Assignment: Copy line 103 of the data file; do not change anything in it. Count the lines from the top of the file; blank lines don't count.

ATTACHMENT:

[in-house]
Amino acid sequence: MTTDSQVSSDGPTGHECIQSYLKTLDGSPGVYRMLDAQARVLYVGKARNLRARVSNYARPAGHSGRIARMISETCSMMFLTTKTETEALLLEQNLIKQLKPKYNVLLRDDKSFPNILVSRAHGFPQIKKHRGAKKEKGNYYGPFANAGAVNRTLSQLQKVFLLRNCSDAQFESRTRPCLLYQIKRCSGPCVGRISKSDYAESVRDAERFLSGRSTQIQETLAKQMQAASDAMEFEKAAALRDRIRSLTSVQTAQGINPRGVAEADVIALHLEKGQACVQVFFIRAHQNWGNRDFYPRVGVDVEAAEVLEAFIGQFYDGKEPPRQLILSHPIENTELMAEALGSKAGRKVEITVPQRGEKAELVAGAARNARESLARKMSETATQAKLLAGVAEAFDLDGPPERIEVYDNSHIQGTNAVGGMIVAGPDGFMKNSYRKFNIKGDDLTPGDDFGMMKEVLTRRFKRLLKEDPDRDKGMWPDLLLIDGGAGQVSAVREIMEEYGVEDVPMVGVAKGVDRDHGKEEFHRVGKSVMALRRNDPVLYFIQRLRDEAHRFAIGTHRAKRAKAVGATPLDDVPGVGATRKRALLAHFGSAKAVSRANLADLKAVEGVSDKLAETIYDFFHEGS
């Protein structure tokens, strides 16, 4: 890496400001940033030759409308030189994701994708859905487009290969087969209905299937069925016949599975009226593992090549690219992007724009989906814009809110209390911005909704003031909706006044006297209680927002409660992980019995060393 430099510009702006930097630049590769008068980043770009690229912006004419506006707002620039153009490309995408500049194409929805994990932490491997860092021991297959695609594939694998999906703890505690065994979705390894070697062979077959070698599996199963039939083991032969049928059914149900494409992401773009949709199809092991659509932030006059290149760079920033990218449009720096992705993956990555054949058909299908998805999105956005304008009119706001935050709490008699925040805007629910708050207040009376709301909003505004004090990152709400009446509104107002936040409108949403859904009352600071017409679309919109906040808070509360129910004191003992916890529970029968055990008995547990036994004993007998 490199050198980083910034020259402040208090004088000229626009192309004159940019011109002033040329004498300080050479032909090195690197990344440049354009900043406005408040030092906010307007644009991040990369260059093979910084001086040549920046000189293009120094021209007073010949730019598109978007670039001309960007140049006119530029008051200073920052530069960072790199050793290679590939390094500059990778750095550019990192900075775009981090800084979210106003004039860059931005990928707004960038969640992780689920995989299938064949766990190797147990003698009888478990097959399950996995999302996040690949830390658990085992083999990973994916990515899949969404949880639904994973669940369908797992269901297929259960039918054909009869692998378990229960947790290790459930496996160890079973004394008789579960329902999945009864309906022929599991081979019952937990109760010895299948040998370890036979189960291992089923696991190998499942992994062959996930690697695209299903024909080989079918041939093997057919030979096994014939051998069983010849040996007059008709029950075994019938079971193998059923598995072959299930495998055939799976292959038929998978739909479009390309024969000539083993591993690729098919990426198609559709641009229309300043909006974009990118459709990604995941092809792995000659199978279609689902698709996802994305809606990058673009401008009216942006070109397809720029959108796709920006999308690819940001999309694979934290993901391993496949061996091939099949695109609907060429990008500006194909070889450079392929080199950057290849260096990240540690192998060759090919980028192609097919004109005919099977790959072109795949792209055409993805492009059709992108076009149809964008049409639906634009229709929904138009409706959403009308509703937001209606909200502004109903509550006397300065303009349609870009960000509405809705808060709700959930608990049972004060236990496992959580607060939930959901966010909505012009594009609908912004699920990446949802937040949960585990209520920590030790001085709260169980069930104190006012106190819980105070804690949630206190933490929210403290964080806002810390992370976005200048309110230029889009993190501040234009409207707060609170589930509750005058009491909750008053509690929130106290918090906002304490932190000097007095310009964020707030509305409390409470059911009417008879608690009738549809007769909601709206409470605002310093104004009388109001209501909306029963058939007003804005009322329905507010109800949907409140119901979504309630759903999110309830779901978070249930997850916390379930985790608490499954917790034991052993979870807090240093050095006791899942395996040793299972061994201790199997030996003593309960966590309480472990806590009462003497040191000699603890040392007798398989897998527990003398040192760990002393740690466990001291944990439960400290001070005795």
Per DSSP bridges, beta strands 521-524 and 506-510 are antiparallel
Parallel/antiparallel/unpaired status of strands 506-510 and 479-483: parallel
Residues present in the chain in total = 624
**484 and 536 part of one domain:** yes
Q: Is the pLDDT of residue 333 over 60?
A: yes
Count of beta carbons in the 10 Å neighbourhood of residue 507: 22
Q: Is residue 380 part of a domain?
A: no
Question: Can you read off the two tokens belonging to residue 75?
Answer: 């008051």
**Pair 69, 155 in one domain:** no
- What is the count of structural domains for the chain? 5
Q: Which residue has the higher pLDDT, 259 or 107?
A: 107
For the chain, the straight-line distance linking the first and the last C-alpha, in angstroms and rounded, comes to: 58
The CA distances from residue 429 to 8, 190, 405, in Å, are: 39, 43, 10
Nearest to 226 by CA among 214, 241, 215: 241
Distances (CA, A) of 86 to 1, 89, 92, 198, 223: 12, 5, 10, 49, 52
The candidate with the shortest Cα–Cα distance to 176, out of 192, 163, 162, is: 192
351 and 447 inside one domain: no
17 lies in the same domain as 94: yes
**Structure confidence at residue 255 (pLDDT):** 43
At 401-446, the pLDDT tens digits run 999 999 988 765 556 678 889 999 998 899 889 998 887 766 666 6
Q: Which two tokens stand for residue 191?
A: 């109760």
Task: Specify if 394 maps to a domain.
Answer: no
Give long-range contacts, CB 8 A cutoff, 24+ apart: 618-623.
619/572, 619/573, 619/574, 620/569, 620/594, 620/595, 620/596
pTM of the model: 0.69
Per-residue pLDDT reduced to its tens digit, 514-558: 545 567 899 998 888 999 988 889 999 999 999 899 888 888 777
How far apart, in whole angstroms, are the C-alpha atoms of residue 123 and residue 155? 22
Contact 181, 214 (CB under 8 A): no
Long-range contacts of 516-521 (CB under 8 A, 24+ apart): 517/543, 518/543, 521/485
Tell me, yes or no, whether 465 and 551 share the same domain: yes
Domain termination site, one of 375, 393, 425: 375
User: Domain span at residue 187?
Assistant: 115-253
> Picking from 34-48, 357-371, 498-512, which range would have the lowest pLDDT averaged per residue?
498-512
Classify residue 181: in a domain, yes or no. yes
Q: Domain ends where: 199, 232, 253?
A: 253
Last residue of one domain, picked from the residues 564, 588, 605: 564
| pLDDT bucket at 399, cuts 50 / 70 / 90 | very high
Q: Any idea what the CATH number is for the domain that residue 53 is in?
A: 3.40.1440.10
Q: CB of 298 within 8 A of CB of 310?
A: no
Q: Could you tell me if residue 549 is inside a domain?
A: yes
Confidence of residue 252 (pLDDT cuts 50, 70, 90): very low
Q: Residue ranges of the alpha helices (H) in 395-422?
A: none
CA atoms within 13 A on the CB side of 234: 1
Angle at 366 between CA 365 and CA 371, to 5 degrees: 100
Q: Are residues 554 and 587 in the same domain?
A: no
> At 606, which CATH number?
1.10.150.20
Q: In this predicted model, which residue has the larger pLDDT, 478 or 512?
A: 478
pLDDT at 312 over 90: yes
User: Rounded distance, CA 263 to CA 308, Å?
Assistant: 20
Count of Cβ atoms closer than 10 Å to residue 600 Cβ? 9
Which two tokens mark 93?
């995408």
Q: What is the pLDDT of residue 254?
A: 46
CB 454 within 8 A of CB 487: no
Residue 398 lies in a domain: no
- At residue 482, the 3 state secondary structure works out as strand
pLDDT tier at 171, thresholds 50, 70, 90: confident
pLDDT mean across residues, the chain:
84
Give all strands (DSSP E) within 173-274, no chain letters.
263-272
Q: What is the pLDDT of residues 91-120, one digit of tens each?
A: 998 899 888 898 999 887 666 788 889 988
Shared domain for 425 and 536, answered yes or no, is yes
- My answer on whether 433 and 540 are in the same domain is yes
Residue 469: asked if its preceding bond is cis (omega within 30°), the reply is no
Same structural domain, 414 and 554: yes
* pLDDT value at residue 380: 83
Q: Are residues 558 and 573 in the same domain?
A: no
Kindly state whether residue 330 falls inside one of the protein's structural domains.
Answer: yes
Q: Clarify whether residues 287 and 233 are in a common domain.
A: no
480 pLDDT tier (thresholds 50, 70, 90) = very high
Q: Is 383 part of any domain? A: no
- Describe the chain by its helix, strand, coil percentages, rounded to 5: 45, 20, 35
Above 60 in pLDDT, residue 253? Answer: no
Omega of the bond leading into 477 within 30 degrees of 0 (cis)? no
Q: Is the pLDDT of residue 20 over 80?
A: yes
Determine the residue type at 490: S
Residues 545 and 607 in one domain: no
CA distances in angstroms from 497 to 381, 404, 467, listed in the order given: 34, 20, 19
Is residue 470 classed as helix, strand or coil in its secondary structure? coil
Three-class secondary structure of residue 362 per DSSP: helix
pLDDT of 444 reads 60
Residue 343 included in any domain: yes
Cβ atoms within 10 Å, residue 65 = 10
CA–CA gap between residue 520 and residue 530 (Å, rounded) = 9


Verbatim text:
Determine the residue type at 490: S